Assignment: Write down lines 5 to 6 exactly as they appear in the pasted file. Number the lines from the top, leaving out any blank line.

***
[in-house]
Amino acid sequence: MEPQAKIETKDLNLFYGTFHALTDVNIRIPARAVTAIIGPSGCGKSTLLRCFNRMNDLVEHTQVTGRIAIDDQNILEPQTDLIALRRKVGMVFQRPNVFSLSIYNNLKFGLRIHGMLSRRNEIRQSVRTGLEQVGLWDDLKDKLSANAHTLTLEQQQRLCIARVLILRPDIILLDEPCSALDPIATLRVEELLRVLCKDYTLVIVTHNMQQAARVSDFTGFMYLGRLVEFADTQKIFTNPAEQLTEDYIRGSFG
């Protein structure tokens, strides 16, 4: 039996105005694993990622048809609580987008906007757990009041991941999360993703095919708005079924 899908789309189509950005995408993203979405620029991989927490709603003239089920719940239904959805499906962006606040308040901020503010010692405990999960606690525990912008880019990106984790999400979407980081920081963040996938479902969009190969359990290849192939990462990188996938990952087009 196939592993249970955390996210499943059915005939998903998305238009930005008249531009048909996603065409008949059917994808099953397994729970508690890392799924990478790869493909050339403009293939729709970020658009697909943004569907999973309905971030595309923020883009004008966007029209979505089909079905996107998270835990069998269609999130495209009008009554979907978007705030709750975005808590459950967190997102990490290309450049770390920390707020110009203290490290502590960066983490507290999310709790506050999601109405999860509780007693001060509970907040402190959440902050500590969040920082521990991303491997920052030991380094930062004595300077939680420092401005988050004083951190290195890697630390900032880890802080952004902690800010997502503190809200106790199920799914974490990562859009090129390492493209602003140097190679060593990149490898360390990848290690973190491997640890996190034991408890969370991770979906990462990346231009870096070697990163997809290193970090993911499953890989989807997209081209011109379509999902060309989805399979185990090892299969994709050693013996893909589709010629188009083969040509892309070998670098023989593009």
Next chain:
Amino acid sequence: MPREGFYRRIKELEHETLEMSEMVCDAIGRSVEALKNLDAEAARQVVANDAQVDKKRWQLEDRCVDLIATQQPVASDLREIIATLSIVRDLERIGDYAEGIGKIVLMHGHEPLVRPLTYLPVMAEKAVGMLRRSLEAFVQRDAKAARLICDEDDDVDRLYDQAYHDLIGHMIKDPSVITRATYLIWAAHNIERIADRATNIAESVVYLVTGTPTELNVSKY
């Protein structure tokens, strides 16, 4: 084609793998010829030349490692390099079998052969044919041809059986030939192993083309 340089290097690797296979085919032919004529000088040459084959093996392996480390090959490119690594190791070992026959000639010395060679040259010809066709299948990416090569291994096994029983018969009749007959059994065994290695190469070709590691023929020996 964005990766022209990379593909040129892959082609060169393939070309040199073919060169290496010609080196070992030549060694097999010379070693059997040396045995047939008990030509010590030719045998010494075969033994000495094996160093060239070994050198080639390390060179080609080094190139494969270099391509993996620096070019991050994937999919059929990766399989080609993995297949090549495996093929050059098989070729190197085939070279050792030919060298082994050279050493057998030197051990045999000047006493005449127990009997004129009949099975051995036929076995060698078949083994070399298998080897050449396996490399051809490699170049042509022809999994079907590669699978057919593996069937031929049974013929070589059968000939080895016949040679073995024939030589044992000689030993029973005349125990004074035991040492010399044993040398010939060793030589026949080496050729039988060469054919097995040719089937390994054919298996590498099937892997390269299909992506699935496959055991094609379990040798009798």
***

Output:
Amino acid sequence: MPREGFYRRIKELEHETLEMSEMVCDAIGRSVEALKNLDAEAARQVVANDAQVDKKRWQLEDRCVDLIATQQPVASDLREIIATLSIVRDLERIGDYAEGIGKIVLMHGHEPLVRPLTYLPVMAEKAVGMLRRSLEAFVQRDAKAARLICDEDDDVDRLYDQAYHDLIGHMIKDPSVITRATYLIWAAHNIERIADRATNIAESVVYLVTGTPTELNVSKY
């Protein structure tokens, strides 16, 4: 084609793998010829030349490692390099079998052969044919041809059986030939192993083309 340089290097690797296979085919032919004529000088040459084959093996392996480390090959490119690594190791070992026959000639010395060679040259010809066709299948990416090569291994096994029983018969009749007959059994065994290695190469070709590691023929020996 964005990766022209990379593909040129892959082609060169393939070309040199073919060169290496010609080196070992030549060694097999010379070693059997040396045995047939008990030509010590030719045998010494075969033994000495094996160093060239070994050198080639390390060179080609080094190139494969270099391509993996620096070019991050994937999919059929990766399989080609993995297949090549495996093929050059098989070729190197085939070279050792030919060298082994050279050493057998030197051990045999000047006493005449127990009997004129009949099975051995036929076995060698078949083994070399298998080897050449396996490399051809490699170049042509022809999994079907590669699978057919593996069937031929049974013929070589059968000939080895016949040679073995024939030589044992000689030993029973005349125990004074035991040492010399044993040398010939060793030589026949080496050729039988060469054919097995040719089937390994054919298996590498099937892997390269299909992506699935496959055991094609379990040798009798």